R-Yrds Rec. Team % Rec. Yrds Team % Yrds. Scrim. Team % TDs
1883 50 23% 367 11% 2250 38% 20

 

9. Lenny Moore, Baltimore Colts, 1958
While the franchise is often remembered for its all-time great quarterbacks (Johnny Unitas and Peyton Manning), Colts’ uniforms have decorated a plethora of runners who carved out memorable careers. Lenny Moore, the ninth overall pick in the ‘56 draft, immediately impacted the league and was named Offensive Rookie of the Year. In 1958 and 1959, Baltimore captured consecutive NFL Championships, beating the Giants twice. In the two championship games, Moore recorded nine receptions for 227 yards and a touchdown. In 1958, he averaged 7.3 yards per carry, finished second in yards from scrimmage (1,536), third in all-purpose yards (1,638) and second in touchdowns. Moore predominately played flanker early in his career and moved to the backfield full time in 1962. He netted the 1964 MVP when he established a league record with 20 touchdowns, and earned consensus First Team All Pro honors four times. When the curtain closed on his career, the fleet-footed star accumulated 11,213 yards from scrimmage, snatched 363 passes and scored 111 times. At 6-foot-1 and 191 pounds, the Hall of Famer might be a better player in today’s game than he was in the Fifties.

R-Yrds Rec. Team % Rec. Yrds Team % Yrds. Scrim. Team % TDs
598 50 28% 938 37% 1536 33% 14

 

 

10. Ricky Waters, Philadelphia Eagles, 1996
Emmitt Smith and Barry Sanders established many rushing records, received the accolades from the media and earned the admiration of fans in the 1990s. While Ricky Waters went overlooked by casual followers, fantasy owners loved the pass-catching dynamo. Two signature plays illustrate Waters’ controversial career: In Super Bowl XXIX, the 49ers’ game breaker ran a beautiful pass pattern down the seam of the Chargers’ defense and scored on an amazing over-the-shoulder 51-yard scoring strike from Steve Young; the next year, as a member of the Eagles, Waters short-armed a pass from Randall Cunningham during the first game of the season and stated “For who? For what?” afterwards, which did not adhere him to the Philly faithful or NFL fans across the nation. Nevertheless, astute fantasy owners always welcomed the former Notre Dame product on their rosters. From 1992-1996, Waters earned five invitations to the Pro Bowl and rushed for over 1,000 yards for three different franchises: San Francisco, Philadelphia and Seattle. Without question, he soared highest as an Eagle in 1996, leading the league in carries with 355 and yards from scrimmage with 1,855. Two post-season games underline Waters’ incredible ability: In 1993, he scored five touchdowns against the Giants in the Divisional Round of the Playoffs and three times versus the Chargers in Super Bowl XXIX. An emotional player, he played with passion and many people did not like his outspoken and braggadocious personality. Despite a stunning resume, Waters awaits a Hall of Fame call after totaling 14,891 yards from scrimmage and scoring 91 touchdowns.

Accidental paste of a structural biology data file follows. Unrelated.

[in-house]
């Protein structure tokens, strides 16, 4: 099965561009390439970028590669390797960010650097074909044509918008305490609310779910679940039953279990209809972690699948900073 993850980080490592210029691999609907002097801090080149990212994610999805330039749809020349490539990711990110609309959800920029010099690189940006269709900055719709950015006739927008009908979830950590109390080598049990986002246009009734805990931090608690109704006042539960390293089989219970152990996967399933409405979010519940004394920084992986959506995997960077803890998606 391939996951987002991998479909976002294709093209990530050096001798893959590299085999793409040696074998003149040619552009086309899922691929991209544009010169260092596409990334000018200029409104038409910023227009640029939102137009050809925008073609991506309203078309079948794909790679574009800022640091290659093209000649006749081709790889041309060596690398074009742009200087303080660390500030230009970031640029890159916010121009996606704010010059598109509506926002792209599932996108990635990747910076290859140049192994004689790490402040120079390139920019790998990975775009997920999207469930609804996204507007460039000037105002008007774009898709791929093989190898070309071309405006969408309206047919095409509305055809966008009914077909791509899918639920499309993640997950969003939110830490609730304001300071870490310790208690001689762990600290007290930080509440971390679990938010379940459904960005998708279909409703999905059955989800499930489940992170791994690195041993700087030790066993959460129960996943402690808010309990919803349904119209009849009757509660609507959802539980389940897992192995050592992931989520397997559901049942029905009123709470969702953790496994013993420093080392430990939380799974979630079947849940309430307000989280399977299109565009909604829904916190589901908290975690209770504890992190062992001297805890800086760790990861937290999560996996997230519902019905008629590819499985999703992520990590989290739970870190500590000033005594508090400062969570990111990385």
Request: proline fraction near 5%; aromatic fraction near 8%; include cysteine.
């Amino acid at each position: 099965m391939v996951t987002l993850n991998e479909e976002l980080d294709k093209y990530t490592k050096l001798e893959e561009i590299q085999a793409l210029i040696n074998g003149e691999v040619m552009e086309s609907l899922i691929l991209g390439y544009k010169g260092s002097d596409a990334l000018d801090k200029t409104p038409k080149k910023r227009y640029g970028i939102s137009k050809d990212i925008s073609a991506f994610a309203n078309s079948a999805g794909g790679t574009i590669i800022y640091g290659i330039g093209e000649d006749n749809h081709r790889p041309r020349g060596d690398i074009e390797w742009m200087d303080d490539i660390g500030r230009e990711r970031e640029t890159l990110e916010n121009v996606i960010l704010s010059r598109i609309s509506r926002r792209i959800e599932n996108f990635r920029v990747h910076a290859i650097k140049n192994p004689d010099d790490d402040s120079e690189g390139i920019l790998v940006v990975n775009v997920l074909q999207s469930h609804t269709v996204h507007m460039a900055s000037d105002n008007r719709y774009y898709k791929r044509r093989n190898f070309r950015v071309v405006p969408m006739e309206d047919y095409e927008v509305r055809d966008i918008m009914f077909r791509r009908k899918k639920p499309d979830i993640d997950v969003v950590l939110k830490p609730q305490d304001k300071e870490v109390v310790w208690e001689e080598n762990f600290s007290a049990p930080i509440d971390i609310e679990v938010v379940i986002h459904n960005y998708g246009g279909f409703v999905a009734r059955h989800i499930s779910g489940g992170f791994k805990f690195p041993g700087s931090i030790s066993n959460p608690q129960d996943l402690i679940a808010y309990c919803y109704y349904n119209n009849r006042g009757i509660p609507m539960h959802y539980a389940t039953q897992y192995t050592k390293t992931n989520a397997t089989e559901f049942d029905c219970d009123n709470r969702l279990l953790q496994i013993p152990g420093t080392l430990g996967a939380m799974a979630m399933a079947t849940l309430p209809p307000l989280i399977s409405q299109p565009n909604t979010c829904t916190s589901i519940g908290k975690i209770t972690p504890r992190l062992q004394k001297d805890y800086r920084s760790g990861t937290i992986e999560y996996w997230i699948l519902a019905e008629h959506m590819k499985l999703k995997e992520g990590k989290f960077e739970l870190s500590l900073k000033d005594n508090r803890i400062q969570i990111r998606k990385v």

R-Yrds Rec. Team % Rec. Yrds Team % Yrds. Scrim. Team % TDs
1411 51 15% 444 11% 1855 31% 13

 

 

Bonus: Herschel Walker, New Jersey Generals, 1985
I was a freshman in high school when Herschel Walker adorned the cover of Sports Illustrated and ascended to national prominence. My English teacher caught me reading the article on the Georgia sensation during class and asked me to put it down, which I finished on the bus ride home. In 1982, Walker captured the Heisman Trophy, and afterwards, left college early to join the USFL, signing with the New Jersey Generals. I became a loyal cadet of the team, and in ‘84 and ‘85, I travelled south from Connecticut to New Jersey to watch the Generals play at least twelve times. Cheering for the 6-foot-1, 225-pound game breaker became an obsession and attending games are some of my fondest memories. In 1985, Walker set a professional record for rushing yards (2,411), scored 22 times, totaled 45% of the team's yards from scrimmage and led the Generals to an 11-7 record. On April 7, 1985, Hall of Fame quarterback Jim Kelly and the Houston Gamblers visited the Meadowlands, and I sat on the 40-yard line to witness Walker’s incredible afternoon: He rushed for 233 yards and scored two touchdowns, including a league-record 88-yard scamper in the first quarter. The USFL folded after the 1985 campaign, and Walker joined the Dallas Cowboys in 1986. The College Football Hall of Famer’s forgotten season dwells deep in my memory bank.